When I signed up to be a subject in a research study about how food is related to brain activity, I just thought it’d be an interesting way for 15-year-old me to make some quick money.
I didn’t know I was signing up for a longitudinal study, that I wouldn’t be done with the whole process until I turned 19.
But this summer I completed my fourth and final wave of tasks. I’ve finished my first research study.
While the money is relatively “easy” (in that I don’t have to work that hard for a nice sum), the number of tasks involved is substantial.
Each year I had two appointments. The first was in their office, where I filled out questionnaires about what I’d eaten over the past two weeks and how I felt about myself/my body image.
Meanwhile, a researcher interrupted me multiple times with three cups of either red Kool-Aid or chocolate milk, and asked which of the nearly-identical drinks tasted different than the other two. It’s tough, especially with Kool-Aid–at least with chocolate milk, I can remember which is more chocolatey or creamy or sweet–but Kool-Aid just tastes like Kool-Aid.
Next I rated pictures of foods on a scale from most appetizing to least appetizing. My photography background made it hard to separate the deliciousness of the food from the quality of the photo, but it was doable.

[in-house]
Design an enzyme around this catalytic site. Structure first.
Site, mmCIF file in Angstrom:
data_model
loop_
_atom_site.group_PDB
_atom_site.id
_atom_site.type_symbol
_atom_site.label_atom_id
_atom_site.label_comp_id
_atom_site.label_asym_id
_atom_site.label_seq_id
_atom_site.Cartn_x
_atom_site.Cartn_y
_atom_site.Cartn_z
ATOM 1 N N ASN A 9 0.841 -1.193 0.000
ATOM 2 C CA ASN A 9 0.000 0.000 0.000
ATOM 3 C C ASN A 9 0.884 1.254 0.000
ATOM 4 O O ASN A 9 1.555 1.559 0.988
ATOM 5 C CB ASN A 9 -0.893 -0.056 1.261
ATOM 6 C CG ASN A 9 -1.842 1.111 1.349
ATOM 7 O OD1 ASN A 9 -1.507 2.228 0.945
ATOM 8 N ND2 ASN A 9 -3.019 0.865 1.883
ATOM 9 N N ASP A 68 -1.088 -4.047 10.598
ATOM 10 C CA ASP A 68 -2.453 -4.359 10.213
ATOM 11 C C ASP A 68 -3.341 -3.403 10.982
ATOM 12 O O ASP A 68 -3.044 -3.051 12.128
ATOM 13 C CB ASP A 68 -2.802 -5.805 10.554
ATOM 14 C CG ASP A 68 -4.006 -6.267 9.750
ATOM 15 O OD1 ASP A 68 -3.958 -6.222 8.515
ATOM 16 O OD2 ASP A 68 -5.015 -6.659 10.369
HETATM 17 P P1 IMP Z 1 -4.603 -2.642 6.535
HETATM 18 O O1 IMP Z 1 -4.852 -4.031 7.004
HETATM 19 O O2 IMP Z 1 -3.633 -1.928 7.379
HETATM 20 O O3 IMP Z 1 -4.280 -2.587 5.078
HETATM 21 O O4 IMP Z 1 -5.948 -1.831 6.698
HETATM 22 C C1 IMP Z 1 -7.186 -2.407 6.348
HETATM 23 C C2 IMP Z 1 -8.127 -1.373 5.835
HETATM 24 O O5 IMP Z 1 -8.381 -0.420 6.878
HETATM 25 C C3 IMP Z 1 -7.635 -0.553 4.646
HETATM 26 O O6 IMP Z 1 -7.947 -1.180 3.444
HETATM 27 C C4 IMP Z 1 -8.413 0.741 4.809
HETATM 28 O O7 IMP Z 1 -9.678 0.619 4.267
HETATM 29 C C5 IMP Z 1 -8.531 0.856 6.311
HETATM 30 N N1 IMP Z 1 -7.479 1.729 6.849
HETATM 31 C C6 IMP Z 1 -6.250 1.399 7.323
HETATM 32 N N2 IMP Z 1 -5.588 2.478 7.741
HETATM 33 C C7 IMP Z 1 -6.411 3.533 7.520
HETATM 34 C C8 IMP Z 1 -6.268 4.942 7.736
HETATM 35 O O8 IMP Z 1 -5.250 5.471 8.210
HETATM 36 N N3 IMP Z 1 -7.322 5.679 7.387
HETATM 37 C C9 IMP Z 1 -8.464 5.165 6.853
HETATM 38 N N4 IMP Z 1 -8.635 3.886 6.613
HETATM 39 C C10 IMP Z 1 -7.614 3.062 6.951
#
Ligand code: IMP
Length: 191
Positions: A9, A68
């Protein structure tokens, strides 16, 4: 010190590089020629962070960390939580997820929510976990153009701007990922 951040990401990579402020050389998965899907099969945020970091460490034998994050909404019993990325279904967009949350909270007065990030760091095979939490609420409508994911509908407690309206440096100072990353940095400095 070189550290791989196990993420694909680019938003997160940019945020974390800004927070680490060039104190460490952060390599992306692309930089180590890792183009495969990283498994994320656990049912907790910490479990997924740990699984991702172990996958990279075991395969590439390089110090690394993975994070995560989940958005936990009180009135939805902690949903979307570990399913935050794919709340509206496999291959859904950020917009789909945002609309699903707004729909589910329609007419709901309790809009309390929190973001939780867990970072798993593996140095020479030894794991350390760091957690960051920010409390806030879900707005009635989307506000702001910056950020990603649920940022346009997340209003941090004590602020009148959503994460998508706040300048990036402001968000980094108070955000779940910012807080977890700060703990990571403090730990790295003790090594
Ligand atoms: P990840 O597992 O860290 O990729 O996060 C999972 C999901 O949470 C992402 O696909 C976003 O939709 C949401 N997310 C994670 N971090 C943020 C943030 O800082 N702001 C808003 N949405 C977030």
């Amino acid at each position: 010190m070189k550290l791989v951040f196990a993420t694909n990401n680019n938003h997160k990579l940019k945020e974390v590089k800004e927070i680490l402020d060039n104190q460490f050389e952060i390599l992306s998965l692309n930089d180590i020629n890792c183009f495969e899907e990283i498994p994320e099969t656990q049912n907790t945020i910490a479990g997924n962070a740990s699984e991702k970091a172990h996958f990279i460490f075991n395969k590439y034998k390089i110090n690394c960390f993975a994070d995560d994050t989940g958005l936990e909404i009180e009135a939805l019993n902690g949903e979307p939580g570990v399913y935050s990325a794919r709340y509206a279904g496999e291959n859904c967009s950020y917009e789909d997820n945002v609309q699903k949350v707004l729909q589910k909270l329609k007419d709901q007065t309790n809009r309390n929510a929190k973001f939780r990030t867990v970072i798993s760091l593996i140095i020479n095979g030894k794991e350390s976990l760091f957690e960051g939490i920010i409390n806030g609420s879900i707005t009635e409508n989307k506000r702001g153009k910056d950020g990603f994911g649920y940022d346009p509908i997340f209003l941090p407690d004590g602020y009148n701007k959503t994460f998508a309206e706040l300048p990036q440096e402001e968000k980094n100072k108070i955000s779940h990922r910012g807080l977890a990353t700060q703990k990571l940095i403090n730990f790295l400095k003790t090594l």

The second appointment took place at the hospital. I filled out more questionnaires about how I think/act in different situations (i.e. impulsive vs. calculated), my phase of development, and my emotional health. And then I did more taste tests, comparing different chocolate milks to each other and rating creaminess, sweetness, familiarity, and intensity of flavor.
Next the researchers scanned my brain during an MRI while I did more tasks: looking at those same food photos and imagining what they’d taste like, tasting drops of chocolate milk and water through a tube, and “button tasks” where I clicked a button when I saw pictures of vegetables (vs. pictures of desserts) in the first round and vice versa in the second round.
Ultimately, I really enjoyed my experience as a research subject. It’s something different than the day-to-day routine, it makes you feel like you’re part of something, and the money is a nice perk.
Plus I got these awesome pictures of my brain. What’s not to love?